The expectations for Jonas Valanciunas remain considerable, even grandiose: Double-double production on a nightly basis, pushing toward 20/10 status. Heavy minutes regardless of his team’s or the opponents’ strategy, with the discipline to avoid foul trouble that would thwart that.
Sooner rather than later, the ability to score like Brook Lopez, rebound like Tyson Chandler and protect the rim like Roy Hibbert. In short, become the cornerstone at both ends of the floor that the Toronto Raptors envisioned when they spent the No. 5 overall pick on him in June 2011 and then waited 14 months to see some return.
The results so far have been much more modest.
In Toronto’s first three games, the 6-foot-11 center from Lithuania averaged 6.3 points, 7.0 rebounds and 1.3 shots in 21.7 minutes, essentially a push with his 2012-13 stats (8.9, 6.0, 1.3 and 23.9). Still 21 with a mere 65 games of NBA experience, Valanciunas has made nine of his 22 shots and had only two chances from the line.
He logged just 16:16 in the Raptors’ victory at Milwaukee Saturday, with three first-half fouls only part of the reason. Though he was effective (seven points, six rebounds) when he was out there — and the other Toronto starters made sure to look for him in the early going, something that doesn’t always happen with ball-stickers Rudy Gay and DeMar DeRozan — Valanciunas played fewer than six minutes in the third quarter and none at all in the fourth.
With the Raptors at home against Miami Tuesday, it’s possible his court time will be limited again, given the Heat’s propensity for smaller, quicker lineups. In other words, Valanciunas’ breakthrough season is still tap-tap-tap-tapping from the other side.
“He’s gonna get there,” Raptors coach Dwane Casey after the victory over the Bucks. “Believe me, he’s gonna get there.”
Just not overnight or even in 15 months of overnights. One of the reasons for Valanciunas’ idle time in Milwaukee was small ball, with Casey countering the lineup Bucks coach Larry Drew put out there. No Larry Sanders, no Zaza Pachulia, no Ersan Ilyasova down the stretch. The Raptors had encountered the same thing 24 hours earlier in Atlanta, where the big guy played only 4:40 after halftime.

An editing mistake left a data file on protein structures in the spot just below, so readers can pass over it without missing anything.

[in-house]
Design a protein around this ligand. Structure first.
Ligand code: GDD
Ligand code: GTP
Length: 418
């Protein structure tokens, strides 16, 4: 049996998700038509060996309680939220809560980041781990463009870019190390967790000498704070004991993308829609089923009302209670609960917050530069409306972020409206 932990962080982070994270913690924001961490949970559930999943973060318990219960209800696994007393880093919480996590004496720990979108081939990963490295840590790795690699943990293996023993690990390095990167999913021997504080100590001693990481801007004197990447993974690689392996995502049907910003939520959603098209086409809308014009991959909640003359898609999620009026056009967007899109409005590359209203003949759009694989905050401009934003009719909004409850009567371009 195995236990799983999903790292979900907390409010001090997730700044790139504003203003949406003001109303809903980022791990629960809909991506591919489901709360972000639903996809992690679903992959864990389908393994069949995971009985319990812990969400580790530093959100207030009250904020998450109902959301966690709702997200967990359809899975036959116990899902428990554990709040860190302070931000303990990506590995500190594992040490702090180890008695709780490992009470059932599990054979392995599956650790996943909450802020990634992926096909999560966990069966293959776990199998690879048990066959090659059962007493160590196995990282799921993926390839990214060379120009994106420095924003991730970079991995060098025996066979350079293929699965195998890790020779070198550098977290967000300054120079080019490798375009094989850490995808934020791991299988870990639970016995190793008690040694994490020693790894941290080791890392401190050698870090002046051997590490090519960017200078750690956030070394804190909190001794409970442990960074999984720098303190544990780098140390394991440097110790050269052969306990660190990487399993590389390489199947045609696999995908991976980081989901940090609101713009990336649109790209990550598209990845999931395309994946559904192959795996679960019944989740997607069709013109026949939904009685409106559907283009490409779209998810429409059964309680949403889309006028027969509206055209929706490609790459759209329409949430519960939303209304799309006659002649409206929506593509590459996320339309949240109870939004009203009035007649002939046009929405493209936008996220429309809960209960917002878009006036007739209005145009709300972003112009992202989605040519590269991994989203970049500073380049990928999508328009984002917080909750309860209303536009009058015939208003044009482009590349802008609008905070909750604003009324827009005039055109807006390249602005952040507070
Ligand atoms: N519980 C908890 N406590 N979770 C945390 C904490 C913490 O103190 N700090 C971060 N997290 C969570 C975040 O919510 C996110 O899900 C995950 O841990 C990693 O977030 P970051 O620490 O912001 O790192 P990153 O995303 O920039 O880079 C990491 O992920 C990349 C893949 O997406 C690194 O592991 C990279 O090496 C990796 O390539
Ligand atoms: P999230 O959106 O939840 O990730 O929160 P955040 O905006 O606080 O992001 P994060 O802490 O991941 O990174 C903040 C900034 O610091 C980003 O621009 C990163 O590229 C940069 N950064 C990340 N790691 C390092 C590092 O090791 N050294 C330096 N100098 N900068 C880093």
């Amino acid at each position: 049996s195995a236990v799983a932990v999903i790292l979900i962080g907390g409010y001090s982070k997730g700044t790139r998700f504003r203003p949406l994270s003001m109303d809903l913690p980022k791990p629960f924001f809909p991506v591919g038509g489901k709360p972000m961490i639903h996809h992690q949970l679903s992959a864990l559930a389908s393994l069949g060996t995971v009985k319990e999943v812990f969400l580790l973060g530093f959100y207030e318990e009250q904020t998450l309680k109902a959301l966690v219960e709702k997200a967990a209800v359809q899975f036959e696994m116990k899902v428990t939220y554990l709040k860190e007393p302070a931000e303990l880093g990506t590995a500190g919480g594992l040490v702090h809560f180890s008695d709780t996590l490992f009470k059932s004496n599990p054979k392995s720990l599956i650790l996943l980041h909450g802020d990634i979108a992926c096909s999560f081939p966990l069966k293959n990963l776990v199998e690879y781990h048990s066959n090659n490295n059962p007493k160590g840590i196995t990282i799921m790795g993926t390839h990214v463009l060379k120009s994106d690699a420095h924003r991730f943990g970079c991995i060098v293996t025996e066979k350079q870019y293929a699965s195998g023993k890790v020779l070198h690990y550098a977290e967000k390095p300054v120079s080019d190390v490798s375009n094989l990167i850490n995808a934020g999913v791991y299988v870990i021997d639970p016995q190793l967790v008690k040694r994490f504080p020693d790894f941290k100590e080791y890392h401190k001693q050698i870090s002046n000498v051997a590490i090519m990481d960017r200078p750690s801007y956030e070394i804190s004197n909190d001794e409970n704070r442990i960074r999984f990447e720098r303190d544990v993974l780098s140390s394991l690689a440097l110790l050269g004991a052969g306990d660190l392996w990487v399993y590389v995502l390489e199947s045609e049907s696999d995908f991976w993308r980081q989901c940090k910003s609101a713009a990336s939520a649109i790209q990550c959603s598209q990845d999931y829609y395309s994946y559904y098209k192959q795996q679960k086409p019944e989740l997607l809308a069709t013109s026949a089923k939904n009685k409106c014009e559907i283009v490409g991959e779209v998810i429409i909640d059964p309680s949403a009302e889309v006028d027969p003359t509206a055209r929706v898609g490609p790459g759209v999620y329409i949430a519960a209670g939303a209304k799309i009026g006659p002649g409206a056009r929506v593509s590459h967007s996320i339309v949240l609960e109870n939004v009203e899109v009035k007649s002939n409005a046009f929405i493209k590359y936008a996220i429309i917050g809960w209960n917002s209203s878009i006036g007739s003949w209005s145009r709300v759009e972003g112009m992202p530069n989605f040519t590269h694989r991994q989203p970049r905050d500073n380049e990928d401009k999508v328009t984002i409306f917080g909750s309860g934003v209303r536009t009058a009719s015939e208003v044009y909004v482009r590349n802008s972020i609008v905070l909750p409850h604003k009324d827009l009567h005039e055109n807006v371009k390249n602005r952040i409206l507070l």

“It’s just such a challenge for him, not only in the halfcourt game but getting back in transition,” Casey said. “Because they had [Al] Horford bringing the ball down in transition and now it’s 5-on-4. It was a quick game. But again, for him to grow and get better, he’s going to have to learn to play in those situations.”
Another reason is Casey’s desire not to let winnable games slip away. The coach is in the final year of his contract. He has new bosses, including GM Masai Ujiri, who aren’t the folks who hired him. And anything even close to the Raptors’ 3-13 start last season, for a team with rumbling ambitions of the postseason, likely would be curtains for Casey.
The coaches did force-feed Valanciunas some minutes last season, and the results paid off more for the individual than the group. In the 20 games in which he played 30 minutes or more, he averaged 14 points and 7.9 rebounds. But Toronto went 7-13 in those games, including 0-6 in the ones prior to Jan. 1.
The final reason for Valanciunas’ regulated playing time is a sense that he’s a little court weary. Remember, besides the long runs he got last spring, he participated in the Las Vegas Summer League, where his 18.0 points and 10.0 rebounds earned him the MVP award. From there, it was on to the EuroBasket Championship in September, helping Lithuania earn the silver medal. He went through his first NBA training camp last month, then started seven preseason games, averaging 8.7 points and 6.4 boards.
Now, Valanciunas knew what he was in for. He talked in camp of being up for the workload. He has been able to maintain his bulked-up form and strength.
But several Raptors insiders will tell you that, frankly, he is a little gassed right now. Certainly too much for the pace of small ball or keeping up with bigs who routinely get out in transition.
“There’s going to come a time,” Casey said, without apparent worry, “where he’s going to be able to do that.”
That and much more, if the plan proves out.